Scholarships, financial aid more important than everWritten by Duane Ramsey | | firstname.lastname@example.org
Hillsdale College senior Kyle Murnen isn’t too proud to admit he needed financial assistance to pay for his undergraduate education.
“It’s important to seek financial aid for college when you know you need help paying for it,” he said.
The New York Times recently reported, “The rising cost of college — even before the recession — threatens to put higher education out of reach for most Americans, according to the biennial report from the National Center for Public Policy and Higher Education.”
The report found college tuition and fees increased 439 percent from 1982 to 2007, while median family income rose 147 percent.
Murnen first visited Hillsdale College during spring of his junior year at Central Catholic High School. He liked the college, its campus, curriculum and proximity to this hometown.
Murnen said he was looking for a small liberal arts college close to his home in Toledo. A family friend and local businessman, Cleves Delp of The Delp Company in Maumee, suggested Hillsdale College, where he and his brother Brad had graduated.
After applying, Murnen was invited to attend the Distinct Scholars Weekend. He was awarded a scholarship for half of his tuition at Hillsdale, which doesn’t accept government funding
Murnen worked with Fred Schebor, associate director of admissions at Hillsdale, to obtain the scholarship. Subsequently, Murnen was featured in a scholarship brochure produced for the college.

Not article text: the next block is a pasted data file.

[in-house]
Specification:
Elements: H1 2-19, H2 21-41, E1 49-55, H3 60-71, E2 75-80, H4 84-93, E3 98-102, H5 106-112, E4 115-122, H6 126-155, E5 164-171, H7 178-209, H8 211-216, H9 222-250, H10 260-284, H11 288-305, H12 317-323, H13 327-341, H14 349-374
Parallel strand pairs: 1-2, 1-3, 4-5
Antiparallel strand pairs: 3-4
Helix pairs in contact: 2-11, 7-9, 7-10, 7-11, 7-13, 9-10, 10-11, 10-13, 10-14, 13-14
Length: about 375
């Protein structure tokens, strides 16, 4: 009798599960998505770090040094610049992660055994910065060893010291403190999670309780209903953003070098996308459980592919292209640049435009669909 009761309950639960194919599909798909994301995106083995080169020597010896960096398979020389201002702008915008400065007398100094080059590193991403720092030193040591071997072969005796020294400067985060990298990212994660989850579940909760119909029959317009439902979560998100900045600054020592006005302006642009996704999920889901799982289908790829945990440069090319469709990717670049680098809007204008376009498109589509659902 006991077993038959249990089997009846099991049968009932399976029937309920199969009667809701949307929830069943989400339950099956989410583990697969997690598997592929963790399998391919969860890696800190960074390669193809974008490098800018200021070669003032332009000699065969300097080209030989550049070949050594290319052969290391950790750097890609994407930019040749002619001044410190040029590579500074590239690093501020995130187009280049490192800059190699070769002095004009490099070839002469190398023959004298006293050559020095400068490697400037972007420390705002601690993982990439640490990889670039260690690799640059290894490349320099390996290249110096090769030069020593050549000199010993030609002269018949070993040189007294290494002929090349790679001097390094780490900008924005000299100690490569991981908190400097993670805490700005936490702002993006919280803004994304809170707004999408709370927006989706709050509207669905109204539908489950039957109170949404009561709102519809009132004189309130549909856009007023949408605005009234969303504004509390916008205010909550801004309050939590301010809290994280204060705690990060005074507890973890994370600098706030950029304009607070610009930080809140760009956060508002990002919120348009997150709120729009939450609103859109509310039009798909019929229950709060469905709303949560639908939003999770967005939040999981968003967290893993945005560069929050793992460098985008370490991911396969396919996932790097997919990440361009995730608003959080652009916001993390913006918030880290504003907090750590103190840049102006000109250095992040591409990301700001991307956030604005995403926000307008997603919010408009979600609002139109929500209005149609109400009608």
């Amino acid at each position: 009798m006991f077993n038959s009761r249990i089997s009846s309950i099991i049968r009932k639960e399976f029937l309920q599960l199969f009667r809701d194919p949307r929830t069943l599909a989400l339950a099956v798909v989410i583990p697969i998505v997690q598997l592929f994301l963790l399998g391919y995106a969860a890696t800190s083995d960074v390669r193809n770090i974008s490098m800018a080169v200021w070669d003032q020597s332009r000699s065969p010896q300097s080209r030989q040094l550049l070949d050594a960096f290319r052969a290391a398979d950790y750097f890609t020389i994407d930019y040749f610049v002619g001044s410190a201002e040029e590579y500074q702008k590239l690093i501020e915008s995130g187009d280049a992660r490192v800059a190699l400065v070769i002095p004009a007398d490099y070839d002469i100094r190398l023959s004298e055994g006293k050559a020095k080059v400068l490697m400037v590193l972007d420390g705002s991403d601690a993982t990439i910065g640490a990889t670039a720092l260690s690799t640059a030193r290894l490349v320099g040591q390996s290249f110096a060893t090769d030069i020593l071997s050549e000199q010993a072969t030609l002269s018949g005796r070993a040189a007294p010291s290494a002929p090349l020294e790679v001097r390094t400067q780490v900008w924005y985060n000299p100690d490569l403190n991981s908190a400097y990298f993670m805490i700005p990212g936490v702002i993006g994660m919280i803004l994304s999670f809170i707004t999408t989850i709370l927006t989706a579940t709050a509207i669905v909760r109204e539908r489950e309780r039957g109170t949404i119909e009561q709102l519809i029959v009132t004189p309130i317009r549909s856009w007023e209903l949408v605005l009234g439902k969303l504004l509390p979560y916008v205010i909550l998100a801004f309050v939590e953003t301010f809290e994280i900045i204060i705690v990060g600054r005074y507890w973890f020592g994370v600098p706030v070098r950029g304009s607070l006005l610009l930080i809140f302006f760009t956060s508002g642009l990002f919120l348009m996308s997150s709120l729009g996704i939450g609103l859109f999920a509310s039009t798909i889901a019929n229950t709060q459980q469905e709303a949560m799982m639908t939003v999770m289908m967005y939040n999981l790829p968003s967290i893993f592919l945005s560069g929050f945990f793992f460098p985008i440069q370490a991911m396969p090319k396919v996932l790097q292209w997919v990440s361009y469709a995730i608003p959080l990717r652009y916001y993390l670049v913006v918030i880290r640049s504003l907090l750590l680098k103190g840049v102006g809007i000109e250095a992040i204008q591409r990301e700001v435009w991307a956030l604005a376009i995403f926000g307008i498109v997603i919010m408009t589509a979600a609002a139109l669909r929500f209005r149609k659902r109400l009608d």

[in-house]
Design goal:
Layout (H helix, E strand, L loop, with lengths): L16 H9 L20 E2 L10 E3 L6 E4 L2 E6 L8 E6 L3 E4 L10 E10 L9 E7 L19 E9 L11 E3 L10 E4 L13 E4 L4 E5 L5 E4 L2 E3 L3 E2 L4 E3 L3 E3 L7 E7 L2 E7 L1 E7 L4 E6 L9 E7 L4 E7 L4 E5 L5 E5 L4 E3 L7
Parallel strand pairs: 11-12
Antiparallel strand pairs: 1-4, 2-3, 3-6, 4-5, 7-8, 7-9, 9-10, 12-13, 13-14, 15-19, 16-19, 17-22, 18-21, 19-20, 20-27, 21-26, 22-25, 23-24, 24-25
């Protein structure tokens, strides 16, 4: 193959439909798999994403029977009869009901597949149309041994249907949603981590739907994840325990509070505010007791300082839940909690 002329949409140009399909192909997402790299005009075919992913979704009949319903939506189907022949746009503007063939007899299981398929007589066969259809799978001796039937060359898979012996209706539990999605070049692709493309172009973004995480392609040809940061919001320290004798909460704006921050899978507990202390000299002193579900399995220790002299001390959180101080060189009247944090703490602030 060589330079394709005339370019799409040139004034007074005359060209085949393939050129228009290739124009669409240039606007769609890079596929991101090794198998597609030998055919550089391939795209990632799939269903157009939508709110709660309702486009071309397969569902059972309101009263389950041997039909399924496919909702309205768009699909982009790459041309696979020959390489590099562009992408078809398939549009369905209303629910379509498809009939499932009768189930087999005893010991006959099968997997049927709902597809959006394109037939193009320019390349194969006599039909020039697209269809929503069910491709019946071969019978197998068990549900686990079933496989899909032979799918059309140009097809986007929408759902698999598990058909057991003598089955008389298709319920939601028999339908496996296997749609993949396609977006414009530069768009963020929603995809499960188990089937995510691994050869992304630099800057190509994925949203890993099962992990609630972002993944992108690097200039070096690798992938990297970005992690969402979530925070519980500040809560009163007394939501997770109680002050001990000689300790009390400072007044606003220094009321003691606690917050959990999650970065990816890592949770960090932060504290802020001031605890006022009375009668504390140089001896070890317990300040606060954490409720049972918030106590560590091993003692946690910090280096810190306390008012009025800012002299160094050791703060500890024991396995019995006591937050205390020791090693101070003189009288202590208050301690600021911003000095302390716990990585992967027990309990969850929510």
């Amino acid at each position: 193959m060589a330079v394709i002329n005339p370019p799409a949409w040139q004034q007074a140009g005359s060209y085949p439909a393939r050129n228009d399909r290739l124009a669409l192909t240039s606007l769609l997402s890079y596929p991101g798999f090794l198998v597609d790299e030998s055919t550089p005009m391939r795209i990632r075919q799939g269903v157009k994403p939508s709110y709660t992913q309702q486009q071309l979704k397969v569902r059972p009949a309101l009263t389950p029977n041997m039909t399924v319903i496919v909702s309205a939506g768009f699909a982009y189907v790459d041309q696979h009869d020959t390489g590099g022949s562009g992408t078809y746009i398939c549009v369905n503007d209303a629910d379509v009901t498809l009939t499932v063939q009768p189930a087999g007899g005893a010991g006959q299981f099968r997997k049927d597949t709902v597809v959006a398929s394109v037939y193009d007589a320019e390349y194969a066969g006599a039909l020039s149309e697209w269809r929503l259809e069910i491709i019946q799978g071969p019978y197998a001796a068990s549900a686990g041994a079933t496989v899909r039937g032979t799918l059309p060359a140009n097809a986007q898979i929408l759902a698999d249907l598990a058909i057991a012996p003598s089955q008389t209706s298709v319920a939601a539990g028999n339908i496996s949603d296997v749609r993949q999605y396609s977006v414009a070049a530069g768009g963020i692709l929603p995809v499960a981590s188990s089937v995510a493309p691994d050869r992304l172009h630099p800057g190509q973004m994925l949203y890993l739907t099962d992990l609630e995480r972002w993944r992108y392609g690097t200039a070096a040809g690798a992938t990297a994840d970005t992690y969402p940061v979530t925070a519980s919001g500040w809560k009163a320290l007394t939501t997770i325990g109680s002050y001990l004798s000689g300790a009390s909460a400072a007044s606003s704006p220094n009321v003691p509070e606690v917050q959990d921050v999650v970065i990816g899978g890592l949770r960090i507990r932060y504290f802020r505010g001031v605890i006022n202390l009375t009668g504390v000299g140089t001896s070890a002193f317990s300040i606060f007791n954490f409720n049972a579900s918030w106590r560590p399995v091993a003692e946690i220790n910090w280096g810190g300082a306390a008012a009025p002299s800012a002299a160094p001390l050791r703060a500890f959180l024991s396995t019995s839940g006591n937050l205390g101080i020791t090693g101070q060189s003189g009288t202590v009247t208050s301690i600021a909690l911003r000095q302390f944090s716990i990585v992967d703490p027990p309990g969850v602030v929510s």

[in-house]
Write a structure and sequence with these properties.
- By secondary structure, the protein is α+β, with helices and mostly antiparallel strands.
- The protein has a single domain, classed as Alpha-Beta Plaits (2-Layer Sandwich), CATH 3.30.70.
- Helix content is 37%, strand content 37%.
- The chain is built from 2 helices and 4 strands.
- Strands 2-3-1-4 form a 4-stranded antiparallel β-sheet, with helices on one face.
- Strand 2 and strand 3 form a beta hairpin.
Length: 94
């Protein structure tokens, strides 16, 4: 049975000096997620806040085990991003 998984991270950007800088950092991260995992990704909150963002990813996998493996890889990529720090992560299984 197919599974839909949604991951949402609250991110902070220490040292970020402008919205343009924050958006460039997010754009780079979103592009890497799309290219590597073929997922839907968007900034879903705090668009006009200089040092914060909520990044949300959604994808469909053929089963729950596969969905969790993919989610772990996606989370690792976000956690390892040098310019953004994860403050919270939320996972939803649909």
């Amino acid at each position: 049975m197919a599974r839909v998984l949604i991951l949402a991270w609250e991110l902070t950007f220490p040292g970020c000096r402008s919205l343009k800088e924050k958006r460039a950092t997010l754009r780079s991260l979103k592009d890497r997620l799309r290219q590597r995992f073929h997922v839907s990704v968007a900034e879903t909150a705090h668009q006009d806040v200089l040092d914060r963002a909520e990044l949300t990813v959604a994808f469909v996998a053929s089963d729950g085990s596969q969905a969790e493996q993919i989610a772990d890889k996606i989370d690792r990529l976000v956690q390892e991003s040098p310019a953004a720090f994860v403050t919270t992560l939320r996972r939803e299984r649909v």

The Delps helped Murnen again by awarding him a Delp Endowed Heritage Leadership Scholarship, which nearly covered the other half of his tuition. The scholarship was designed to honor their father, who provided his sons with an education at Hillsdale College, according to Cleves.
“It’s a merit scholarship based on leadership skills, and Kyle is as fine an example of the kind of student selected for this scholarship. Brad and I personally know every recipient and their families,” Cleves said.
Murnen said he was grateful for all the financial assistance so he could focus on paying for his room and board. He worked during the summers at a family business, CourtSmiths, owned by his uncles, Mike and Pete Murnen, to pay for the balance of his college costs.
Murnen is scheduled to graduate in May with a Bachelor of Arts degree in English. He plans to work for a few years while deciding whether to attend graduate or law school.
Murnen interviewed for a full-time position at Hillsdale College and applied for teaching jobs at some private schools.
“I want to be sure I’m entering the right program and school, so I plan to work for two years and save to pay for grad or law school,” he said.